Oddly enough, after two weeks the 2012 Summer Olympics are not getting stale at our house. There seems to be a never-ending series of Olympic Moments that stalls the reality train for yet another event that somehow turns into a television afternoon. And these aren’t just those Chariots of Fire flashes of exalted victory and weeping defeat that the media loves so much. They’re revelations of what young people are capable of. What constitutes dedication and excellence? What brings these human qualities together in the same place at the same time and drives athletic performance forward? It’s easy to dismiss the Olympics as the gargantuan circus it has become — and I’ve done it a number of times — but that’s just the glitzy bag they’re dressed in. There’s more to them than that.
The Olympic motto “Citius, Altius, Fortius” (Faster, Higher, Stronger) is actually a secret code that unlocks a hidden room in our human DNA — a tidy little place where the competitive genes are stored. Yes, that’s right: as much as contemporary North Americans wish to deny it, we are genetically programmed to be competitive.
Human beings are social animals, not unlike a troop of chimpanzees or a herd of elephants. We travel in packs and, therefore, have a burning need to know just exactly where we fit into the hierarchy of the group. It’s Mother Nature’s way of making certain our species survives, by insuring that the strongest genes get passed along. Once we establish that primeval, it’s not such a big step to London 2012. Those young people running, jumping and lifting are doing what comes naturally. Crudely put, they are just answering a call of nature.
Here in the 21st century, there is a strange idea that we should limit a child’s exposure to competition as if it were radon (Remember that stuff?) In fact, the “everybody gets a rainbow” philosophy has pretty much taken over in North America. This is just bad. It’s like punishing owls for sleeping all day. Take a look at any schoolyard. Those little kids figure out who the Alpha dog is pretty quickly — even though they’ve been told repeatedly they’re not supposed to do that. They know who runs the fastest, who has the coolest backpack or who knows all the words to “Call Me Maybe.” They don’t have to keep score. It all comes perfectly naturally to them. This is because, from the day we’re born until the gophers start delivering our mail, we are constantly going head to head with something. If you don’t believe me, ask any parent about the incredible duel they had with their two-year-old. That kid is measuring his abilities, honing his skills, detecting and tailoring his talent — so he can deal with an unforgiving world someday. In essence, he’s competing with the world that mom and dad have created to keep him safe! They don’t call it “The Terrible Twos” for nothing.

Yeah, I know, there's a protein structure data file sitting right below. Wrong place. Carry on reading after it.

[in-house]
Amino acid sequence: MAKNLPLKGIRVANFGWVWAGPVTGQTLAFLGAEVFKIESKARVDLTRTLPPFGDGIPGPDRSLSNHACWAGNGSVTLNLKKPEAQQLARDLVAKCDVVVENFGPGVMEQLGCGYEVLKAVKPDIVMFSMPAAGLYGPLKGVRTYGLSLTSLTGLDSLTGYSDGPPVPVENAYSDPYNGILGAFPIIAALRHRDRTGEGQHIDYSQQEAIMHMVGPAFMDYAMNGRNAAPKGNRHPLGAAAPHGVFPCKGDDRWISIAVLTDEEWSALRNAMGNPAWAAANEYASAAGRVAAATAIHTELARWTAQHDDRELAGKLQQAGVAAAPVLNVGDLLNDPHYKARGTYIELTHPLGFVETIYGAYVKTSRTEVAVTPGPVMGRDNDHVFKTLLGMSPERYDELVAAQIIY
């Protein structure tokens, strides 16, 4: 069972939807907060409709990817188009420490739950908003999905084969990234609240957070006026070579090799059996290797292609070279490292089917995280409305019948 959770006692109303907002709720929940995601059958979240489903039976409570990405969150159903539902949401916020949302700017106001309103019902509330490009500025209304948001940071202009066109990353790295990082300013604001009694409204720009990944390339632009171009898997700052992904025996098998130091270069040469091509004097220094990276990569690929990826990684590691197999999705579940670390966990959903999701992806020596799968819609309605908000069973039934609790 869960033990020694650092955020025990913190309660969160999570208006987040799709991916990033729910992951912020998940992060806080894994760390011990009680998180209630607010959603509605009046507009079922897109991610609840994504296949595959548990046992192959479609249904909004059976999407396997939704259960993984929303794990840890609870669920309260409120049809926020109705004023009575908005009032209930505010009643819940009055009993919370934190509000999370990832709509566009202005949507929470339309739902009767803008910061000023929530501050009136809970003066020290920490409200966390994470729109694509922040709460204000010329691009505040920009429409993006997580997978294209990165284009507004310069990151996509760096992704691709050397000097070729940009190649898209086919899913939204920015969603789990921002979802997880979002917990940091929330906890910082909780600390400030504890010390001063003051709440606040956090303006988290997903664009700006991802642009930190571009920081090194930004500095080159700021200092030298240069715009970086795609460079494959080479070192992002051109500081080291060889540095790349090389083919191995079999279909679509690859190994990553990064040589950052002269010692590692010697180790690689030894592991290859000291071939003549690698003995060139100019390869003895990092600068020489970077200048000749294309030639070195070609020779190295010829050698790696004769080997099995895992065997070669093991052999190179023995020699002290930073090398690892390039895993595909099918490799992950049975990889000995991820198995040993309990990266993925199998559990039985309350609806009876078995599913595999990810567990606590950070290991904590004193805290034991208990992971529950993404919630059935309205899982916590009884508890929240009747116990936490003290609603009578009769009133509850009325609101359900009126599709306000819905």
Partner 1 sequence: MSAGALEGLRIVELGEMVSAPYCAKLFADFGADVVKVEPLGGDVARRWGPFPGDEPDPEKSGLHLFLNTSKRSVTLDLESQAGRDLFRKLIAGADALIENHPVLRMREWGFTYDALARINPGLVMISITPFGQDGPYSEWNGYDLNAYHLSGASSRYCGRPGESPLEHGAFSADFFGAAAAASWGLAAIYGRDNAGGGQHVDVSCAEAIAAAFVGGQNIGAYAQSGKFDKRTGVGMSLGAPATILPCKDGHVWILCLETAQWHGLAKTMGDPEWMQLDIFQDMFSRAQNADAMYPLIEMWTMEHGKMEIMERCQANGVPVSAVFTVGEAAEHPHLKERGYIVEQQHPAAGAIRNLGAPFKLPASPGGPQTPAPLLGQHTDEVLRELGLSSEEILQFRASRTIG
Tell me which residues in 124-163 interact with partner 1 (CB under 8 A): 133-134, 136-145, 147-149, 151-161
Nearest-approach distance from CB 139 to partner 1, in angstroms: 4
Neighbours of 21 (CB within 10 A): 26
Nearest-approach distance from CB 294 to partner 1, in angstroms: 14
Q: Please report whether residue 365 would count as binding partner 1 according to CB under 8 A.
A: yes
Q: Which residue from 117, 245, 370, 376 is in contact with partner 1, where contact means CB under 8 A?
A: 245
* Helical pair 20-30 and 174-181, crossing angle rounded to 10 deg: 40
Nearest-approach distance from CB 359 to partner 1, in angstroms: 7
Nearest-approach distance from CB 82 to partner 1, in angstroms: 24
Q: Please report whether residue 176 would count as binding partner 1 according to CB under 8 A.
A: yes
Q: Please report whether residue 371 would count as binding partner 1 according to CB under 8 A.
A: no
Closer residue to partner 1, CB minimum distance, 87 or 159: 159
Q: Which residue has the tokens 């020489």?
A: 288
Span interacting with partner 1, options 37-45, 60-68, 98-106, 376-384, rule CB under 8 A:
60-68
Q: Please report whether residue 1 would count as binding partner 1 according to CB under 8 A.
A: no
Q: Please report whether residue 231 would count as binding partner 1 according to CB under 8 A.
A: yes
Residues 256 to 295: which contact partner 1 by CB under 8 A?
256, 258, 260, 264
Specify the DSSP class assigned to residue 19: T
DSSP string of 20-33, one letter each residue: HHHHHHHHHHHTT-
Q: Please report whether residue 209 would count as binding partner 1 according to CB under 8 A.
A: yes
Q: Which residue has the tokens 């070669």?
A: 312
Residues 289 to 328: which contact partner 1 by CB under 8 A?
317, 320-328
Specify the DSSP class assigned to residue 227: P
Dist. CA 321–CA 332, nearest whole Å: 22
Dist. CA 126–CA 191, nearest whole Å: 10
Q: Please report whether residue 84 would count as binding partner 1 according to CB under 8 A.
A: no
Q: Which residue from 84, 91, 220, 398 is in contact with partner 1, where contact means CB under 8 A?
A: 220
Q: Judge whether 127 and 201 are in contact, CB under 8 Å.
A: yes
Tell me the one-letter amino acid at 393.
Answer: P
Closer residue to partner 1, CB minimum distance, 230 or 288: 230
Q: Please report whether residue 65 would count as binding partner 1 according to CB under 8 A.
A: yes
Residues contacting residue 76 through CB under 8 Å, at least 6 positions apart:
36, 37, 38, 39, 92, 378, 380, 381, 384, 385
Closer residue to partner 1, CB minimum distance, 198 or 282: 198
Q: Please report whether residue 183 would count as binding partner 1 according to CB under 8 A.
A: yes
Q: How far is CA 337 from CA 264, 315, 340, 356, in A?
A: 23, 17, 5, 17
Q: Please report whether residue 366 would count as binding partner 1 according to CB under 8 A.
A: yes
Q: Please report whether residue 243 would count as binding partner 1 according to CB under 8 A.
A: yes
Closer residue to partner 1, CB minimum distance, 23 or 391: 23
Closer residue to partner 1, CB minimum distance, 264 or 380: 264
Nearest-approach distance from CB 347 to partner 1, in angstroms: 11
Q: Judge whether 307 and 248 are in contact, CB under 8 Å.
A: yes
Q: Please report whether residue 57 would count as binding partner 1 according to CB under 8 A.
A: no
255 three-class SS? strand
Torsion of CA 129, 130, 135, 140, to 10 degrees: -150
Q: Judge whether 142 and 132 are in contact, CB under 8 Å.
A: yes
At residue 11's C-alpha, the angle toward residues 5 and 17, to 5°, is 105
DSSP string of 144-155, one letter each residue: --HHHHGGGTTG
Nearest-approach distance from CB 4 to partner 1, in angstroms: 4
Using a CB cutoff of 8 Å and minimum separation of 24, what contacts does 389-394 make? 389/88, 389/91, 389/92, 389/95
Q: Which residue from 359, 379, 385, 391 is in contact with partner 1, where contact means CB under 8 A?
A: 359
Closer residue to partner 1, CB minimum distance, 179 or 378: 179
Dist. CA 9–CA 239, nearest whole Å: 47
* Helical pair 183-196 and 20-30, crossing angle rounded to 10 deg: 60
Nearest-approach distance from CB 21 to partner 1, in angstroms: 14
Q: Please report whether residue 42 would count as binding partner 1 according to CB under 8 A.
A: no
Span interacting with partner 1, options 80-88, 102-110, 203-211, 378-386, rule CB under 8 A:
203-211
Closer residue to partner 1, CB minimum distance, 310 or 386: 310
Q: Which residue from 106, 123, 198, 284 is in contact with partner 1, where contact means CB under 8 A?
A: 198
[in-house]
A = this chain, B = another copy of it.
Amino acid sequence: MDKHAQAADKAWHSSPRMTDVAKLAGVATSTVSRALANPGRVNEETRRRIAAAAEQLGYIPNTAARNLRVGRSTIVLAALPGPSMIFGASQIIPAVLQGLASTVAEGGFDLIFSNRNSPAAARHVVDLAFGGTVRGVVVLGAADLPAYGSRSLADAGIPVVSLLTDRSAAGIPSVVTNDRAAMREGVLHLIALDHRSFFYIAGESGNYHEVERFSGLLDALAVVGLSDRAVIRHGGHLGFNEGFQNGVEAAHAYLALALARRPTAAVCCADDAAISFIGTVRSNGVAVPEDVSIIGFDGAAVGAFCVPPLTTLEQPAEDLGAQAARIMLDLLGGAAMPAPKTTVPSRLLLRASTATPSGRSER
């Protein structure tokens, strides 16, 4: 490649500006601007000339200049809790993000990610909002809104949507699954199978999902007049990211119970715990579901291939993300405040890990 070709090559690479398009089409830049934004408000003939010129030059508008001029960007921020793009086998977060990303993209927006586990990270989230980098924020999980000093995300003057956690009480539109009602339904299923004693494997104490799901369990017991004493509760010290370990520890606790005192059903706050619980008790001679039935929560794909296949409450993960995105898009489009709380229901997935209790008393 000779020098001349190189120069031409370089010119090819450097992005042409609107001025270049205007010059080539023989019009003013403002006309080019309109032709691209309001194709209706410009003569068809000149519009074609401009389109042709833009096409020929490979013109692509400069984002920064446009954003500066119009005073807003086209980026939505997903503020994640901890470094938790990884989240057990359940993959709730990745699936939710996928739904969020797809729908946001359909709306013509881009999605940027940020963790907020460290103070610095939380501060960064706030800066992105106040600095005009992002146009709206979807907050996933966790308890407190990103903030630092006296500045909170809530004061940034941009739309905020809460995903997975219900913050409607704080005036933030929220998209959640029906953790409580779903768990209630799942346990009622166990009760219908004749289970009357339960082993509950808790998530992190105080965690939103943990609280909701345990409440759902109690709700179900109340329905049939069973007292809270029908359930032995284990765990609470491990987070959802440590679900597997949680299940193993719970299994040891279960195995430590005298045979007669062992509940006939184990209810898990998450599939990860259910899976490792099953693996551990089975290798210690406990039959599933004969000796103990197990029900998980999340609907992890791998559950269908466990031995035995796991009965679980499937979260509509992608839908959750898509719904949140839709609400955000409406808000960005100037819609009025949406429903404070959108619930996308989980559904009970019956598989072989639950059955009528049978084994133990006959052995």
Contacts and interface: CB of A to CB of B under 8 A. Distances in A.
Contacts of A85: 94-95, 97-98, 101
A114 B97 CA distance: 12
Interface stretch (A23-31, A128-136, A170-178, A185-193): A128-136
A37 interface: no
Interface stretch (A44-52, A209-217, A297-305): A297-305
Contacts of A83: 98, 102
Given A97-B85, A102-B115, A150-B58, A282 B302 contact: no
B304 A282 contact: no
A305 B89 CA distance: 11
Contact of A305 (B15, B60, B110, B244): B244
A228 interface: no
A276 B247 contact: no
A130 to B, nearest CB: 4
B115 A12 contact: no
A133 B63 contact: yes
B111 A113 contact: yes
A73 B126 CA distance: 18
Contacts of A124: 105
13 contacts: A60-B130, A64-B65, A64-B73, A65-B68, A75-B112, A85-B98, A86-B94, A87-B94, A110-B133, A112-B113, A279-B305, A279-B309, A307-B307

Instead of trying to sacrifice 5,000 generations of the human condition on the altar of some Flavour-Of-The-Week self-esteem Dr. Phil nonsense, we should be encouraging competition. Striving for excellence is not wrong, even if you get left behind. The Olympics clearly shows that. Forget about the glare of the klieg lights and the stabbing “how do you feel?” microphones, and take a look at that poor bugger who’s bringing up the rear. They never stop. They finish — even when they know they haven’t got a hope of ever touching an Olympic medal. And when it’s all over and they go home, they aren’t “devastated” human beings, questioning their self-worth. They’re standing tall, three axe handles across the shoulders, proud of their accomplishment because they hung in there with the best. Not only that, but they’ll probably start training all over again, just for another chance to try.
The Olympics might be a five ring circus. So be it. However, we need to bring some of that spirit of healthy competition home to our children — because, these days, when every kid gets a gold medal, everybody (including the kids) knows damn well it doesn’t mean anything.